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Dr. Niama L. J. Williams

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Publisher: ISBN-10:  9781430315476 Type: 


Copyright:  March 31, 2007 ISBN-13:  9781430315476

Dr. Niama L. Williams

Black feminist poetry at its best. Love, race, gender and glimpses of the tripartite oppression unique to the Black woman who writes yet overcomes it all.

Chris Abani. Barry Manilow. Wynton Marsalis. Jerry Quickley. Jody Kuykendall. The already famous and the one on her way up. Articles in the newspaper, paparazzi bait, sought out for the alumni newsletter, for international halls of fame, for Pulitzers, Emmys, Grammys; recipients of some, winners of many. But what of the poet, toiling away in her room, alone, who watches, understands, yet never feels a part of their world? What of the poet who watches their performances, sees beneath their words, their music, imagines the pain that created the art, uses her understanding to convince herself to, yes, live one more day, but that one day, that particular day, makes another choice?


an enslaved African shaman speaks:

dust across mississippi corn fields
heat arching across our brows
mosquitoes big as dog-size
as loud
as the hunger dancing before our faces
fury in our bellies
aní we got to work in midst of all this
under overseer whip and growl.
enough to make you see injun red
lace across missusí throat

we got one we call missus
named her so myself
we hope her blood stain sheets
of overseer grandson grandson
we want that boy to love her so bad
he lose his mind and marry her
risk his entire fortune
outcast his own family

we a careful, patient people
learned, wise folk
we know how to plan a vengeance.

we an honorable people
we havenít forgotten how we enslaved nations
sowed discontent
fell victim ourselves.
alone here,
stripped of jujus and fetishes,
leakage of our magic leading to outlaw,
we fell back on common knowledge
forged bonds with generational enemies
when faced with a cruelty we never foresaw.

we know the only cure is love.
so we sow it
make him want the forbidden.
she will explain to herself her passion
always feel a sense of loss about it.

i will not tell you more
loose lips cost us our jujus and fetishes
the rape and ruin of our drums.

we feed her the truth in bits and pieces
slow and unsteady
we donít want her stomach to turn at the sight of him
we want our juju to work.

for at the dawn of the next millennium
we want her to choose him willingly
to side with her offspring
to not look back
but with a calculated nod of the head
touch of the tip of the finger
seal his fate permanently to her own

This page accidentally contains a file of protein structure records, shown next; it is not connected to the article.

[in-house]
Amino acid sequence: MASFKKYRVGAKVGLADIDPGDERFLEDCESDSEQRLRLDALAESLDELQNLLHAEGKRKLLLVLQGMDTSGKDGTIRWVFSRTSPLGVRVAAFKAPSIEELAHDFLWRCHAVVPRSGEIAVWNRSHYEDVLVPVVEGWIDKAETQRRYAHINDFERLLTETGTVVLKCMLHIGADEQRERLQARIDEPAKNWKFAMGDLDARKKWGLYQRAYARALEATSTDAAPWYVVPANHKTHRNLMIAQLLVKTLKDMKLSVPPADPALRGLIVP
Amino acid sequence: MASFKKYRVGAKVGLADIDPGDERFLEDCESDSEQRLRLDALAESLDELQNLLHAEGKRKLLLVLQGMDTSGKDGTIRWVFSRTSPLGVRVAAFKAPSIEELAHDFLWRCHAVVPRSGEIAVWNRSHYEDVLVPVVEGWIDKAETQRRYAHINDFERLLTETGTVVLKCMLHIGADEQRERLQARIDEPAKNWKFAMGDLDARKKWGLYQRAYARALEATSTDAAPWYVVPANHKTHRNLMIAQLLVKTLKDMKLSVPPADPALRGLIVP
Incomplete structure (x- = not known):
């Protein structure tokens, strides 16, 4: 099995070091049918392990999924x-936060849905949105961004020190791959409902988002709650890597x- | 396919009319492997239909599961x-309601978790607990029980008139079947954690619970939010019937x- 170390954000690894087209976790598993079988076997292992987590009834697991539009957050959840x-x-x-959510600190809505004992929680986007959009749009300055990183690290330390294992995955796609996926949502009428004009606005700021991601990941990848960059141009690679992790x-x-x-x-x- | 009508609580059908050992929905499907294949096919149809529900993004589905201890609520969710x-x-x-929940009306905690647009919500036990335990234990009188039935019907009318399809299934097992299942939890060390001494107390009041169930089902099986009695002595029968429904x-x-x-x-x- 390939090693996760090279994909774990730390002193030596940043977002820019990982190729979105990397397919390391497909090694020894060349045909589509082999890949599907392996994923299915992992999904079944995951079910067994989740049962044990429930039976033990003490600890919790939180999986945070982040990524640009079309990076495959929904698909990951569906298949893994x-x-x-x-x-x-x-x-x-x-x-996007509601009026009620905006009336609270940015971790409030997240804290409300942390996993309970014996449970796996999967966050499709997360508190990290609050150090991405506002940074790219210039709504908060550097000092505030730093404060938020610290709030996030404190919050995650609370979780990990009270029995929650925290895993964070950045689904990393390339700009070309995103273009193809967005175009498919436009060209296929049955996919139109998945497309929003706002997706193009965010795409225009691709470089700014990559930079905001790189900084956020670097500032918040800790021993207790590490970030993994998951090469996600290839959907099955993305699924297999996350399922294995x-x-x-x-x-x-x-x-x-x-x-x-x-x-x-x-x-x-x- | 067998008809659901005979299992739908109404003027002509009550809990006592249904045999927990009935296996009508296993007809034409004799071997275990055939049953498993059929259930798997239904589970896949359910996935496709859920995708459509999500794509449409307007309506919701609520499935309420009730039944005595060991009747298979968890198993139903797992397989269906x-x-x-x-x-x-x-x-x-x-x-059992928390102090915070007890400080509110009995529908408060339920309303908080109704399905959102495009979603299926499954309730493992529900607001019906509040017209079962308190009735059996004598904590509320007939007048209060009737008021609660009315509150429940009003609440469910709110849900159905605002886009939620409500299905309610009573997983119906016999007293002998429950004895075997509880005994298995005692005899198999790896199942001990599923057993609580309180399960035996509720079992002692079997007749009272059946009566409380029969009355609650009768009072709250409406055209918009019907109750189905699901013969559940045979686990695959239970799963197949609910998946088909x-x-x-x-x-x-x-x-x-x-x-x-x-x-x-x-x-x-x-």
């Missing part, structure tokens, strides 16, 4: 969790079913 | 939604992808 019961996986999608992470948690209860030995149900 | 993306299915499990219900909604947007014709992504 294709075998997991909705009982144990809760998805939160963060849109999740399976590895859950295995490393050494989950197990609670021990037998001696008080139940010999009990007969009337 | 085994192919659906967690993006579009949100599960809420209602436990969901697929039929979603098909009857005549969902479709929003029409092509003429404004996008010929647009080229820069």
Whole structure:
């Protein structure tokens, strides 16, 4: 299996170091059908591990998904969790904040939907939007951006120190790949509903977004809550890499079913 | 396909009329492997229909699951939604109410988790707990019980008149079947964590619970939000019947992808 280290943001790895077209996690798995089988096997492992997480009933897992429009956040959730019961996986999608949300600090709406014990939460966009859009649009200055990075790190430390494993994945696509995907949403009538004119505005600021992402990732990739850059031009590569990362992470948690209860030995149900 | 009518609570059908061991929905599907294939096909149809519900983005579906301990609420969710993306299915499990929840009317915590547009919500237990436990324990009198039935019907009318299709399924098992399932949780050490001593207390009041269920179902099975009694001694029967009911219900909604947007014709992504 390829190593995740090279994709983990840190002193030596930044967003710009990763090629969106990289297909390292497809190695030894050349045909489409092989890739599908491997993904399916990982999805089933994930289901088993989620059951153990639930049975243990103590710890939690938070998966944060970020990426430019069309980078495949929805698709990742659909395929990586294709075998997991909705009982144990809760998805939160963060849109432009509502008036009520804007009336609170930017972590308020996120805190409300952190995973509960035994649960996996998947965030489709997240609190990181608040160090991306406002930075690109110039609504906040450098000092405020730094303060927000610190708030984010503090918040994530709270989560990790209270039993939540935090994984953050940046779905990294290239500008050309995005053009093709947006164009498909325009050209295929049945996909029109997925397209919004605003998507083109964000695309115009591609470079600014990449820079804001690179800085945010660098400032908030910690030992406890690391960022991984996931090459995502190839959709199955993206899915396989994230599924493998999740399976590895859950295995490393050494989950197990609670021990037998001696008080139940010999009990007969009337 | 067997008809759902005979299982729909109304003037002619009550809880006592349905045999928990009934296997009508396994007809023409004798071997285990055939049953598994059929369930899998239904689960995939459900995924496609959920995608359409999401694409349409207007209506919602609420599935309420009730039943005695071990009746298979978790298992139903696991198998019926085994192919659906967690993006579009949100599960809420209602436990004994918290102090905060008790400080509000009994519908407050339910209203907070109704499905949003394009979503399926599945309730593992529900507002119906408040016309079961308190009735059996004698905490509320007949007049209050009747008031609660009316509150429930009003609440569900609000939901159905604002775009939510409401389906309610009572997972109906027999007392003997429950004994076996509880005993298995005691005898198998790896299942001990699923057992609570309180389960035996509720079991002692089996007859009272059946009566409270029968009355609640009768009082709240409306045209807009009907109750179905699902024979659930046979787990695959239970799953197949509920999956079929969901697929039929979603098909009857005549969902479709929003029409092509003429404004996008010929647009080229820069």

ensure what we now insist on having:
this, never again.



for a jabari or an asberry, according to your taste

the thing about cream is
it rises to the top
no pushing, no shoving,
no crushing of toes
no mashing of fingers
no dissing of the lesser molecules.
cream has a grace
makes one think of chocolate
hot water cornbread and mustard greens
Mr. Woody's hot links in bbq sauce
sweet potato cheesecake
on a soft puffy cloud
in heaven.
with a lemon and honey scented fork.

the thing about butter is
it got a hell of a bad rap.
we forgot for a moment
in our desperation
our often fruitless toil
that we smirked when the overseer's back was turned
when Mistress lifted a hip to pull up a dress
when the white eye was turned
focused elsewhere
and we could breathe
for a fraction of a second
we forgot that indulgence stolen from the master's plate
might kill.
once we could buy it at Ralph's
we forgot "small doses, small doses"
we thought it the palliative
for having to use
white money.

the thing about women
is they all wish they were black.
we are a profoundment and a mystery to our sisters.
after birthing the homo sapien,
and not sending back the white one,
we came out of the cruelest system for humankind
whatever we are placed beside
in any fashion layout
the eye travels to us.

the thing about an asberry or a jabari
is the memory
the pervading blackness
makes you at home, barefoot
your top off
getting your first massage.

berrys and bars bring us back to ourselves
give us a hand up when we strugglin
remind us to lay down when we tired.
these the kind of women
put "nut" and "butter" together in George's mind
then whispered, "you got work to do."

eat a berry
touch a bar
succor never felt
or tasted
so good.



for chris abani

someoneís been cooking words.
the scent of brownie wafts through the room
i am tempted as never before
by a dark man speaking of love.

understanding what a woman needs
he causes me, survivor,
and then there were the beatings,
to open that part of myself
only white men had seen before.

there is hollywood
the onslaught of perfect and white and ideal
but the real secret to my crossed legs:
wounds ripe, open, seeping.
an inability
a lack of desire
no brown man permitted.
guilt sometimes, but not often
the abused child accepts things as they are.

i heard him, this brown man,
and began to look askance at my dreams:
mixed up children with straight hair.
and then him:
words of love, anger,
a nuanced understanding of the ways both can exist in the same heart,
the same quarter of a violent room,
words of passion, of fable, the tale of his parentsí meeting,
and this man
this heavyset black man
nothing i have ever wanted
parts my legs
crushes my disdain
helps me entertain
for the first time
a black penis
without recoiling

healing impossibly simultaneous.
fantasies of white men persist,
white men never willingly give up hold of a black womanís mind,
but they are pushed back by wonder:
is there another black man out there
darker even
less pained
with whom i can consummate this new,
wet and yearning,


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